Help w/ Beach Bonfire


So sparks can’t fly beyond the beach?

Wildfires and the intense heat associated with these types of fires can send burning embers up into the air. Once airborne, these burning embers or firebrands can travel from one-quarter to one mile in the wind. If these embers land on a combustible source of fuel, new fires will be started.May 12, 2013


Knowing about fire behavior can protect your home from wildfire …


How un-aesthetically appealing.


As a former firefighter based in Monterey County in California, sparks can travel quite a ways and ignite foliage. One of the best known beaches in Monterey County is Pebble Beach which is surround by pine forests and the sand portion of the beach is not that extensive. I can attest that yes, fires can and do start at the beach embers will fly with the wind generated by the sea into the foliage.


Thank you, as a professional, for speaking up. As I mentioned above, we live at Lake Tahoe where fire is an almost constant danger. So perhaps we’re more conscious of the danger.


They look great at night. With fire in them. Plus they are a great way to gather with friends and enjoy the beach. Oh, and they’re perfectly legal as long as you’re in an area designated for them.

If they’re not your thing, that’s fine, but don’t yuck someone else’s yum and derail a thread. The OP was asking for suggestions for a gathering, not a lecture.

I totally get that, and we’ve had our share of fires down here in Southern California. I do not know of any, though, that were caused by these fire rings in legally designated areas.


I was unaware that OP was going to cook on one of those. And “yucking someone’s yum” in the cause of fire prevention seems a worthy cause. Sorry if you think personal preference is more important than fire prevention.


Hi @JeetKuneBao -

I love beach bonfires!

Non-food related tips:
Maybe some places will reserve pits. But if not, you need to get up at the crack of dawn to hold your pit spot, especially if it’s high-season, spring break, etc. We take shifts. “We” meaning the men. :relaxed:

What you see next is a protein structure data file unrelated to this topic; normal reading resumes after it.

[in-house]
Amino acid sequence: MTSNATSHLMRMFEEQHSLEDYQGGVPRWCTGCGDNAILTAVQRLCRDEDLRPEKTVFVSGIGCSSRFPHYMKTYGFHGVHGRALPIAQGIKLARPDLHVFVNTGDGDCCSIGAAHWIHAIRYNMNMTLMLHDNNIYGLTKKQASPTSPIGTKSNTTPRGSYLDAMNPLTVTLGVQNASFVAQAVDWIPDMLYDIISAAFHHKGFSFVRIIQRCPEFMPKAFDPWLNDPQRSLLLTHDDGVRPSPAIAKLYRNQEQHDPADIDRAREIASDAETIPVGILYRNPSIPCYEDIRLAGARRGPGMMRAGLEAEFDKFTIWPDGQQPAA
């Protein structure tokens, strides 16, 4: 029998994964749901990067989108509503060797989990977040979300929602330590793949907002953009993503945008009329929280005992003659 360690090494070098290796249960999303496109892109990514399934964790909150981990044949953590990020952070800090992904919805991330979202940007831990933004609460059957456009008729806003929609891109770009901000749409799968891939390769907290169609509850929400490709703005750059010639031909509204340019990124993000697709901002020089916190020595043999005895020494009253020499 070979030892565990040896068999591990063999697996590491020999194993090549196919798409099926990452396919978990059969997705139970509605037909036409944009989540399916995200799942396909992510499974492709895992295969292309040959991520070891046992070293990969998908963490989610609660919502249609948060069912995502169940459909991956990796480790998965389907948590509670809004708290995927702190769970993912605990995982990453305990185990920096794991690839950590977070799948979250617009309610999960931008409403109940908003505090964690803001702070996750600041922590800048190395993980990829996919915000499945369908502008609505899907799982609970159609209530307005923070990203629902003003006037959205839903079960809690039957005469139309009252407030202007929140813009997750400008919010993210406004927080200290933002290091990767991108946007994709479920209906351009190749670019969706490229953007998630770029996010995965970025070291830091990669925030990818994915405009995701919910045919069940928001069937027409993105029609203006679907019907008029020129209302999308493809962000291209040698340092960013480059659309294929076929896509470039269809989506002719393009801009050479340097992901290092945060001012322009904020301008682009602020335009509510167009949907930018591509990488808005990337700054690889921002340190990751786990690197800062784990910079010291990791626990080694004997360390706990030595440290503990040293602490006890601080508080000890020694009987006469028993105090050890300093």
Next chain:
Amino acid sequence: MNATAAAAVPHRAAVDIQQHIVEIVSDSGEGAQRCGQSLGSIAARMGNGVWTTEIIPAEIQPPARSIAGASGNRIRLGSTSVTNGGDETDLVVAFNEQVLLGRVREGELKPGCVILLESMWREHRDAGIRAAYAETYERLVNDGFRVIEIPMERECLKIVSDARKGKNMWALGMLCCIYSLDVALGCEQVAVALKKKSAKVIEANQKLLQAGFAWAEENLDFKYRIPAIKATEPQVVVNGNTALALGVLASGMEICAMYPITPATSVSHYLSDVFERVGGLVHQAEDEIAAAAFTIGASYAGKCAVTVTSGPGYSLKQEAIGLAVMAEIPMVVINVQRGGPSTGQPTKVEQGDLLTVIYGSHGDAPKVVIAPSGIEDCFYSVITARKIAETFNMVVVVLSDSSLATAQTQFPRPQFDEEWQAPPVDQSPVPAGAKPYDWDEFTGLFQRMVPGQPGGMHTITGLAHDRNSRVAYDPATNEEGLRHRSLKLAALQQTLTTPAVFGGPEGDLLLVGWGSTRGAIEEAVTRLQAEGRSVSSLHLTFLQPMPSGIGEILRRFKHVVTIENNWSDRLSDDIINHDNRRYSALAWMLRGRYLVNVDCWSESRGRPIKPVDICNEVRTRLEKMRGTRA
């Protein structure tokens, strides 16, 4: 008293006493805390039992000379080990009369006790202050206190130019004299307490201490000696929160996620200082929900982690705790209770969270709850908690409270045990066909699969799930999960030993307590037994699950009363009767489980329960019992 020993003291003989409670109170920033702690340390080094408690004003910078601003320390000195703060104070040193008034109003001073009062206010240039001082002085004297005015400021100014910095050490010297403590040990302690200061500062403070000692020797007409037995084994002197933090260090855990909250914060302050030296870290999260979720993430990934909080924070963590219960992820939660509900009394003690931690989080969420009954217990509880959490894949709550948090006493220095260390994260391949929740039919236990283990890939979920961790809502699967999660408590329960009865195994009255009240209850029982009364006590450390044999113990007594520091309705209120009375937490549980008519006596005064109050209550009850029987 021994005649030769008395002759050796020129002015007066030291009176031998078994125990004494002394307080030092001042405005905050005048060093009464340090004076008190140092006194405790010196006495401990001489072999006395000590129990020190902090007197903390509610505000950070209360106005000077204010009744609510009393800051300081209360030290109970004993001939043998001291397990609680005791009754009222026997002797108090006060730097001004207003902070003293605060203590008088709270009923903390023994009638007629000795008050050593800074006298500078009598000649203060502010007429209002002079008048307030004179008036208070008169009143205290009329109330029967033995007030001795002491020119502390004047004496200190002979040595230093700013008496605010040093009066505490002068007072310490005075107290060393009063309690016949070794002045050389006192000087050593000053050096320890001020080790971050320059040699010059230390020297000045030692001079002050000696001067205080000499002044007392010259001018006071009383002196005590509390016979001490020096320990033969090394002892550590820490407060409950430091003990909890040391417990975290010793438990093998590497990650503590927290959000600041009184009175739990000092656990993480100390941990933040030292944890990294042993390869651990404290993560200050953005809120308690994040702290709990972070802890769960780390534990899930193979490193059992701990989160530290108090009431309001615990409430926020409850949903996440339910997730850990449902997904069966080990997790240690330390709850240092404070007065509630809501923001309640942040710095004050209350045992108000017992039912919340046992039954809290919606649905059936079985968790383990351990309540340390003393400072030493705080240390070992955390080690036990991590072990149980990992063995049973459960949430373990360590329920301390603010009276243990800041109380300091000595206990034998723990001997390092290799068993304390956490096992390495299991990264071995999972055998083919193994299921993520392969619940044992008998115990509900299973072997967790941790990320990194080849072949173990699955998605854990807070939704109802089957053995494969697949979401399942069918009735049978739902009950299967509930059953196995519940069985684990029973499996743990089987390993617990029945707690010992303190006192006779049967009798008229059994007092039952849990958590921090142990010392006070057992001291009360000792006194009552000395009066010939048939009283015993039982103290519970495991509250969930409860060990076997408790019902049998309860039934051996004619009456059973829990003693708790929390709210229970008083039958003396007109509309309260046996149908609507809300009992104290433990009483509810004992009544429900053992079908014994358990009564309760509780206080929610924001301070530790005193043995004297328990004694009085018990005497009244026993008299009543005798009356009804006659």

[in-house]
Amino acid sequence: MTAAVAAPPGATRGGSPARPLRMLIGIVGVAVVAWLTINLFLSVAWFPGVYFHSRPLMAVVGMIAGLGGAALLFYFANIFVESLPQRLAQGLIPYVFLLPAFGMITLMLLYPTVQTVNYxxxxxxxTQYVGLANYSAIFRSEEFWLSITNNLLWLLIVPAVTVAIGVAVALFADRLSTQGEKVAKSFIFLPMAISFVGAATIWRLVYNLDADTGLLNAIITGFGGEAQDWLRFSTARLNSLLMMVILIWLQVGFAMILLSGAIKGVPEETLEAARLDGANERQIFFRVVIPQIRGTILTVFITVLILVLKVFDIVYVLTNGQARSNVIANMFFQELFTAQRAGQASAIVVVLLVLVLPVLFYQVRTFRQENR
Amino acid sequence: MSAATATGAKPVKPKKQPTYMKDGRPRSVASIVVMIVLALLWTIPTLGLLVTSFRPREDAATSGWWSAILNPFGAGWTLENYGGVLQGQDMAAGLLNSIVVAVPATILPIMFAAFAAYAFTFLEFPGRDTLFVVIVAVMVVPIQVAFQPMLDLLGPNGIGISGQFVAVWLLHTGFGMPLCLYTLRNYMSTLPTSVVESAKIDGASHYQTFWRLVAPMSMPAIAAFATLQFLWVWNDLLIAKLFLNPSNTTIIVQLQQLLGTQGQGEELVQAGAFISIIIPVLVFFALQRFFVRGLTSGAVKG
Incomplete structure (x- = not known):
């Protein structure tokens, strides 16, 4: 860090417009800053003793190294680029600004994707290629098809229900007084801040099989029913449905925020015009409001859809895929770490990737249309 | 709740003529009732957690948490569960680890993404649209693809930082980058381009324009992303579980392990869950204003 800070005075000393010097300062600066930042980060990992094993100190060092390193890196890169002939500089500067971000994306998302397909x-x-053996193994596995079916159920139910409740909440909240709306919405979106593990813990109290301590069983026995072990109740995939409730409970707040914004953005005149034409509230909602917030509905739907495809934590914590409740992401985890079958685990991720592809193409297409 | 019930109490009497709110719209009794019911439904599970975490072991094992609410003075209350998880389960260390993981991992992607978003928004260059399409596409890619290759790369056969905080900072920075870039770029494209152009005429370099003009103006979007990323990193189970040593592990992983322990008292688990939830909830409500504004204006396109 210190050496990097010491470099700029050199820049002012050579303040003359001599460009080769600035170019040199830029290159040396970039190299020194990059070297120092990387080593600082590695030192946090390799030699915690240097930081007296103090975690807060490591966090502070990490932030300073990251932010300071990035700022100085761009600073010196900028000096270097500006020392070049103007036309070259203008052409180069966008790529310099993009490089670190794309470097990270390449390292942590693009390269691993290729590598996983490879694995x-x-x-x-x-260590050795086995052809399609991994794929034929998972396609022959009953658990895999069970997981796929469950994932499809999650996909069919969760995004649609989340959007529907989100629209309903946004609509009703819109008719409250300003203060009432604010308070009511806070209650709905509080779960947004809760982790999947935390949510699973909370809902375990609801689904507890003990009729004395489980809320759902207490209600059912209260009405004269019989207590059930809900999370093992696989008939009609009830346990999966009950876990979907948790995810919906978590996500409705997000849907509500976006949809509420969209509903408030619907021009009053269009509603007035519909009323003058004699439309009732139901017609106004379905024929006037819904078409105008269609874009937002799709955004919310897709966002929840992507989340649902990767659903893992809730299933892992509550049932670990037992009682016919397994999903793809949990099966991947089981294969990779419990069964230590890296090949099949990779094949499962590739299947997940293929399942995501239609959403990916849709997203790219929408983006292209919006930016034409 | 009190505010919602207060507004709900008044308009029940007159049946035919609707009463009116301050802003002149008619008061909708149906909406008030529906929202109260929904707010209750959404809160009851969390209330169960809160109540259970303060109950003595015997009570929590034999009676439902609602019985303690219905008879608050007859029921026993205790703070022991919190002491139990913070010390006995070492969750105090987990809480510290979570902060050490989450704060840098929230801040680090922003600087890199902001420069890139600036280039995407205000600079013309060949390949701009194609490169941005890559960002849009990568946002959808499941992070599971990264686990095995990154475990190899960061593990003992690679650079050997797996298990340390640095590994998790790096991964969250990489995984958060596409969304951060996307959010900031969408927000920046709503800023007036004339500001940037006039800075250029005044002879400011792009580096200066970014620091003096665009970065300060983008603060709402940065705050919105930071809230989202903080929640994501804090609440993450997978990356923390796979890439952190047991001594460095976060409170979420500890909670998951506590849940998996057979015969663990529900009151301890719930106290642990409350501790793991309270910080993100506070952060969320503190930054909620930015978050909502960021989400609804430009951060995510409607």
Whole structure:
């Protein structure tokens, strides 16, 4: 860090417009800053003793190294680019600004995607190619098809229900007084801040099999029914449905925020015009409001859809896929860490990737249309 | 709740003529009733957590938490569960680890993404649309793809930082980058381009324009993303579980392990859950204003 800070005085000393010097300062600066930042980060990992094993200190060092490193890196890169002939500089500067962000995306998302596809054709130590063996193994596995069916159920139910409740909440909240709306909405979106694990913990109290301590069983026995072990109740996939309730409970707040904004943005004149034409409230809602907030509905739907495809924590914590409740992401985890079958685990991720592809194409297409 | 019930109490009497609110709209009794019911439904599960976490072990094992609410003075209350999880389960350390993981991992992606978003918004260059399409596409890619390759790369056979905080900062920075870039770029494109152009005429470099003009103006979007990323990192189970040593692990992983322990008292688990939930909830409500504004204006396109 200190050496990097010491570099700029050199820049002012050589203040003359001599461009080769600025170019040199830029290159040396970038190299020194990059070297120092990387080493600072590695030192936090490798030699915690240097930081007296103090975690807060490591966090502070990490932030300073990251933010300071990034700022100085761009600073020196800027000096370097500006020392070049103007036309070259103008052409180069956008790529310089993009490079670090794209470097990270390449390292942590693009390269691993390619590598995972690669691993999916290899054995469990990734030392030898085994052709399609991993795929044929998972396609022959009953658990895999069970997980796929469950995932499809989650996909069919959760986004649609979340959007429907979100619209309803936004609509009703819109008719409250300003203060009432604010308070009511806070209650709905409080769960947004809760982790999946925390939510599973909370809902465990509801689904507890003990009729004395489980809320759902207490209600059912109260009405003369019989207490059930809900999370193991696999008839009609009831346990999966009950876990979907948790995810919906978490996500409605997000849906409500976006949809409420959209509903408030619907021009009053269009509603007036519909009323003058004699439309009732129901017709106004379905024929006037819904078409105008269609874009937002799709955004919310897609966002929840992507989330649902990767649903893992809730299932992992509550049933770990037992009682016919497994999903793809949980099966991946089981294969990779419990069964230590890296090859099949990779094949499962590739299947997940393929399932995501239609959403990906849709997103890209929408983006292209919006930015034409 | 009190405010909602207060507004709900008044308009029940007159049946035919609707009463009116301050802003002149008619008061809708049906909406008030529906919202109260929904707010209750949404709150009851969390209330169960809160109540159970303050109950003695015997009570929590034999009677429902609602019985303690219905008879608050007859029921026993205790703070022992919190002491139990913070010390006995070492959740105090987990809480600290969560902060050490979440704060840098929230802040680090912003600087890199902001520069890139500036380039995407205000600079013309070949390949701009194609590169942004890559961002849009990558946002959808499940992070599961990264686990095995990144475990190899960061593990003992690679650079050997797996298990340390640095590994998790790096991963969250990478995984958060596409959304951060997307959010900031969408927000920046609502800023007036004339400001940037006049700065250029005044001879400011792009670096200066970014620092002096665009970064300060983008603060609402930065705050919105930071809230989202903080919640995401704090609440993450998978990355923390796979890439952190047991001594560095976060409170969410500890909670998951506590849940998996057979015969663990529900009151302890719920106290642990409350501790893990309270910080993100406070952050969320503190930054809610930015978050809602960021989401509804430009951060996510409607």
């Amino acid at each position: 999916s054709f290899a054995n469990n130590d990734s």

Also, check crime statistics. A couple of those places on Cath’s list have an element. I’ve heard stories.

Have fun!


This will be a major issue in places like Tahoe and areas around Monterey Bay - tons of potential fuel. Not so in places like “The Pits” in LA. The Hyperion Plant, reclaimed dunes as a west buffer zone to LAX and LAX runway are east of these fire pits but don’t offer the right type of fuel for embers to ignite a major fire. And the size of embers is relatively insignificant, considering the size of the wood/Pine Mountain logs typically used in the fire pits, and the distance and elevation the embers would have to gain before reaching appropriate combustible sources. Your advice in general is fine. But in context of the fire pits typically located at some of the beaches in SoCal, the odds are insignificant - that’s why the fire pits have been at these beaches at least since the 60s.

With all due respect, your “advice” is being viewed as lecturing on a topic that doesn’t apply here. Therefore, you’re probably causing a lot more eye-rolling and “not again” moments than appreciation.


The oracle has spoken.


All of this back and forth yet no one has mentioned the obvious.

Assuming this bonfire is going down in LA/OC/SD counties - maybe it’s worth thinking about how those fire pits typically get put out at the end of each night?

I am pretty hygienecally fearless but I would not cook anything over a municipal bonfire pit. Just haul your Weber.





You piss in the ocean.

You throw sand in the pits.

Don’t be a heathen.


Hot cocoa and schnapps! I forgot all about that après ski treat. Good call. :slight_smile:


Uh… Melted ice from my Igloo cooler. How else? #getthymindoutofthyToto

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